In an interview to the Bazaar on Monday, Batra explained that Gandhi has by no means decided not to contest the case, like in the case of Devyani Khobragade, which the Indian government have said they have abandoned after a second indictment against her in New York. On the contrary, this move by him, on Gandhi’s behalf, was to bring matters to a conclusion, and have the case dismissed, he said.
“Mrs. Sonia Gandhi has taken a brave step,” said Batra.
In essence, this latest move by Gandhi contends that it doesn’t make a difference whether she was in New York City or not during the time frame of September 2-12, 2013, or summons were served or not. What matters is that she wants the case to be heard on its merits, and dismissed.
But the important question is if that is going to happen? Will judge Cogan indeed do that?
Batra is confident of that, pointing out to a case brought by the SFJ against Union Minister Kamal Nath that was dismissed in 2012, after a summon was served on him at the Indian Consulate in New York. He also refers to the ruling by the US Supreme Court in April, 2013, in which it was decided that alien tort statute does not permit US courts to make judgments outside of the home country jurisdiction.
Batra points out that he has also filed an “anti-suit injunction” in January of this year, which if implemented, would have courts in the US not take up lawsuits on issues that occur on foreign land.
“The Sikhs for Justice has started a cottage industry seeking lawsuits, which is unusual,” said Batra.
Judge Cogan is expected to give a ruling on the Gandhi case within the month. In his March 20th ruling, he had specifically asked for documentary evidence, however.
“This would appear to obviate both the need for any documents from the hospital-resolving defendant’s medical privacy concerns — and the need to rely upon a third party government agency like Customs and Border Protection,” Cogan said in that ruling.
Now in the absence of any documentary proof, Cogan may decide to ask for proof from the hospital or the Department of Homeland Security for the arrival and exit records of Gandhi. SFJ has a pending Freedom of Information request with the hospital, since January of this year.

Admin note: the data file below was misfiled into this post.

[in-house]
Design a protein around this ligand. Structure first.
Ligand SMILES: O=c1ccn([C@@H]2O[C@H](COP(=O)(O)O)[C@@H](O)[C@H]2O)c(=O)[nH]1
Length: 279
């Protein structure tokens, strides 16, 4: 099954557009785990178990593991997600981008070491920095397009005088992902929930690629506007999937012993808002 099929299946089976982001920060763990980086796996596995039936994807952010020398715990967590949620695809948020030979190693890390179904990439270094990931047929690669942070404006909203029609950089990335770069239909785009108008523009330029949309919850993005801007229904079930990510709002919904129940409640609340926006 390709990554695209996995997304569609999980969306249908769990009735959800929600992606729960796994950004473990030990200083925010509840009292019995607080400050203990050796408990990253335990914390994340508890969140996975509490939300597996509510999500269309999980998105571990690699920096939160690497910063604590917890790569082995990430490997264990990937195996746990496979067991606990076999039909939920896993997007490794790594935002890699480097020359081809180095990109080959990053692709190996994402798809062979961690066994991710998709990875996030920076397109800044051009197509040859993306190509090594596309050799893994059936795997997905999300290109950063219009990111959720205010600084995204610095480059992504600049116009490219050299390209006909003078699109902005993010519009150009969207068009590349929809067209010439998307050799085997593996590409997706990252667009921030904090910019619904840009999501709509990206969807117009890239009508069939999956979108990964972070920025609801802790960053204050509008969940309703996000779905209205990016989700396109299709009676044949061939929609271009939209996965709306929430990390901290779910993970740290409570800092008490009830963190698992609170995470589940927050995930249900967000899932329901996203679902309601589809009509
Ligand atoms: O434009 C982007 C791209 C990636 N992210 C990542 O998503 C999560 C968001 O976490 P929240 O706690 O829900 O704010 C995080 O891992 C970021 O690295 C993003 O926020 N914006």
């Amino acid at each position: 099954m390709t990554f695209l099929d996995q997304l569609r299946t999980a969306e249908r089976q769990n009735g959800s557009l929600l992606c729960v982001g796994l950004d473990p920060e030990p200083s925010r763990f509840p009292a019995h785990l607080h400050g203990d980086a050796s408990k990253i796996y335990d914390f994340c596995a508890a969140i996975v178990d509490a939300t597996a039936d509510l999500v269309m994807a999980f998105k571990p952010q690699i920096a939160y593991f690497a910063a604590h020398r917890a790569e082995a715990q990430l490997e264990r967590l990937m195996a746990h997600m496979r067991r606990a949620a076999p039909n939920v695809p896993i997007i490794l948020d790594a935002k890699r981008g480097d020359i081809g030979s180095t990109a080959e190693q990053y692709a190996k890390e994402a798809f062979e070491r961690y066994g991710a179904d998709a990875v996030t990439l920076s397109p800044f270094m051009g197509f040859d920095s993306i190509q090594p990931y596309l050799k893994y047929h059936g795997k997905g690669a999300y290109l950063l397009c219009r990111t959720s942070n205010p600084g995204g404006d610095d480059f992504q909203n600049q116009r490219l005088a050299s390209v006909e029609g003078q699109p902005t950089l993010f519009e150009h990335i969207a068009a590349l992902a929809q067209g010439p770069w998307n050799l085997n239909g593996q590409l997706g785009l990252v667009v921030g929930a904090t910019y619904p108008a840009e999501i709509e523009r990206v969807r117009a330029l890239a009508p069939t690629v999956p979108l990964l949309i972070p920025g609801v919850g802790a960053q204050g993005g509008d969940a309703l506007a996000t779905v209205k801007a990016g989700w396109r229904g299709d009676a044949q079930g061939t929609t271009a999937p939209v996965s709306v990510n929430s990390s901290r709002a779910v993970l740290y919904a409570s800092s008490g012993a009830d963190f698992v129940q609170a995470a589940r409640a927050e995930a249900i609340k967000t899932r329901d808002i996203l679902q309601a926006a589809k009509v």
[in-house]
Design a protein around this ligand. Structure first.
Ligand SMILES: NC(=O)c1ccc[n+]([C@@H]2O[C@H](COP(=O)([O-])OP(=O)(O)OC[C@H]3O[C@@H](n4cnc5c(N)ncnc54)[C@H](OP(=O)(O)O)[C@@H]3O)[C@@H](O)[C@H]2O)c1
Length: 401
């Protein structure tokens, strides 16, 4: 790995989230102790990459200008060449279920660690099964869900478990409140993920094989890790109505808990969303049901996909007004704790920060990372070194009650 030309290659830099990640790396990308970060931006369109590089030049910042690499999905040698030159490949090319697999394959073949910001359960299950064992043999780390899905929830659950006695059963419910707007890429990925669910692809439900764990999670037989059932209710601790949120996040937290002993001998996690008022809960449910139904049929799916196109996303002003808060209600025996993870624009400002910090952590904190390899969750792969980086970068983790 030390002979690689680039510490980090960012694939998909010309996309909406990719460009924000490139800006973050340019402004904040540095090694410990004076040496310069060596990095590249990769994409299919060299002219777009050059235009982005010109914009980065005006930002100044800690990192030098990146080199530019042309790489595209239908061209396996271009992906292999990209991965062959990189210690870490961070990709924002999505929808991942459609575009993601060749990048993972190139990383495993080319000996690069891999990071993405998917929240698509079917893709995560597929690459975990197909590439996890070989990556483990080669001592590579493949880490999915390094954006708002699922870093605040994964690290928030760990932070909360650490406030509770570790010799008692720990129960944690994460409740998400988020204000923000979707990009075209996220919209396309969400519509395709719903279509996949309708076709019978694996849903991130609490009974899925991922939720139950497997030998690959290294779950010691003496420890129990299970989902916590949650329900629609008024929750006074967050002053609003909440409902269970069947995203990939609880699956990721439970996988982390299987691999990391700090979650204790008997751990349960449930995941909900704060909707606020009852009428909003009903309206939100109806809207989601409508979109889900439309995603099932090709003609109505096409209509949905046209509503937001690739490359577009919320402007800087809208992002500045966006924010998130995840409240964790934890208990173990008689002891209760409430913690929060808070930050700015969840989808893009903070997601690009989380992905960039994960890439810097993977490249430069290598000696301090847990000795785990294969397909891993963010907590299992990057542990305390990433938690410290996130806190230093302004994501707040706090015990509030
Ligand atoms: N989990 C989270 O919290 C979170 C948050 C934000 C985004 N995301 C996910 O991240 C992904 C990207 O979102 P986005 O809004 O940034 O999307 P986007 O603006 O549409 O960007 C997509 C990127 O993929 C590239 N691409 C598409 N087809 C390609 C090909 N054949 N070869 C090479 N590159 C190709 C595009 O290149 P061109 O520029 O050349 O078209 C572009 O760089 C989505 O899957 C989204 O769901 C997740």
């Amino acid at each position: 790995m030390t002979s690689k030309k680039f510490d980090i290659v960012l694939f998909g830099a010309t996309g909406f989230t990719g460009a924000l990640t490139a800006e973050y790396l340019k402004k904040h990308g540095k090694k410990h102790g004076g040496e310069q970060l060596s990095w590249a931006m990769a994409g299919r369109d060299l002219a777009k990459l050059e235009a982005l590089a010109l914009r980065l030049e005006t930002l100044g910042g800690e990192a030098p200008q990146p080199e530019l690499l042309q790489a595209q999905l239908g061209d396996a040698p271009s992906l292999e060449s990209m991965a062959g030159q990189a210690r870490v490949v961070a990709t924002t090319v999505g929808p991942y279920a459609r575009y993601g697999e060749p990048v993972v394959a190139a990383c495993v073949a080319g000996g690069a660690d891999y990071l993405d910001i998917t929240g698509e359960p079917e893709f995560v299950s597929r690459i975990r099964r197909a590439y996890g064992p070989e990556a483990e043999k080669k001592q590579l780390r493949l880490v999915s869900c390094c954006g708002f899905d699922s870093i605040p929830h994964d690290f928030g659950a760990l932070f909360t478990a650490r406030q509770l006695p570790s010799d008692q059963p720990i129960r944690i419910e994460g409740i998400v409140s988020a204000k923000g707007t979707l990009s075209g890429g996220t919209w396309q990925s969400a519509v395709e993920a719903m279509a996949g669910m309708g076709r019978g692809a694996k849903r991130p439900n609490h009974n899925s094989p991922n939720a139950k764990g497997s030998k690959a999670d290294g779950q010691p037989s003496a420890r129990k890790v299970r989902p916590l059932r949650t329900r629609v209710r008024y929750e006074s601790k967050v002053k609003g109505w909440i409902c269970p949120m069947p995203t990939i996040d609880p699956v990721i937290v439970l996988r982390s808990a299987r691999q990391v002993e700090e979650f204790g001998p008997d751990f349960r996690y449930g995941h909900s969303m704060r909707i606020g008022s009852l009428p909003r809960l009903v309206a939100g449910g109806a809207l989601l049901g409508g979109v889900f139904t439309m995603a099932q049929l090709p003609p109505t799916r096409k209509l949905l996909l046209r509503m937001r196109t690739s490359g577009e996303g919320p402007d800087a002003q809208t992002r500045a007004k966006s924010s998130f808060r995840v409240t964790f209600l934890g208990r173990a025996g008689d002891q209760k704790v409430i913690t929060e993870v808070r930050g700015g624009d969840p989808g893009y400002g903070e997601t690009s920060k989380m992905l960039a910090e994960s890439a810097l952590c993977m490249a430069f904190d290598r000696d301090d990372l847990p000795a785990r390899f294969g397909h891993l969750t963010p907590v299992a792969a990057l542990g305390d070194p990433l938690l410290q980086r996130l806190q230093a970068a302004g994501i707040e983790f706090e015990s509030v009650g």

Batra is banking on the judge going ahead with a final ruling – and adhering to the Supreme Court ruling made last year and tossing the case out, rather than extending the case further and asking for documentary proof, which if it is contradictory to what he has been claiming all along – that Gandhi was not in the US during those days in September – could prove to be highly embarrassing for not only Gandhi, but to the entire Congress party. It could also taint India’s image in ways right now unimaginable. Needless to say, it could also adversely affect the Congress party in the crucial last leg of the Lok Sabha polls.
There was widespread speculation in the Indian media in September of last year that Gandhi was being treated at the Memorial Sloan-Kettering Cancer Center, for a suspected ailment. One of the closet aides of Gandhi and a senior Congress party leader, Abhishek Manu Singhvi, had also made a comment that seemed to indicate that was indeed getting treatment in New York.
“Summons issued almost 30 years after the event when the Congress president is on a medical visit is, to put it mildly, astonishing. Undoubtedly, appropriate legal action will be taken,” Singhvi was quoted as saying then by the Press Trust of India.
But the vilification of the Congress party leaders, and to have them be perpetually hounded by US courts, for the 1984 riots, is perhaps a phenomenon here to stay. It is also likely to prevent top Congress leaders to contemplate casual visits to the US – which may end up with them being sued, served summons and subsequently would require expensive services of attorneys to keep groups like the SFJ at bay.
Though not related, a separate summons case against the Prime Minister of India, Dr. Manmohan Singh, by the Sikhs for Justice, is also looming large in a federal court in Washington, DC, later this month.
The court had given SFJ time till April 14th to serve Singh the summons in India, or to update on its progress. SFJ has hired Process Forwarding International (PFI), a Washington-based firm, to serve the summons in India according to the Hague Service Convention.
With even lawmakers on Capitol Hill now taking the riots of 1984 in the same breath as the riots of 2002, with increasing regularity – one such instance being last week – what’s getting clear is that the new pariah in the US is not Narendra Modi anymore. It’s the Congress party, and its leaders who have been associated with the party since the 1984 riots.
If the Devyani Khobragade episode marked a bad phase in Indo-US relations, the worst part is still to come.
(Sujeet Rajan is the Editor-in-Chief of The American Bazaar)
To contact the author, email to email@example.com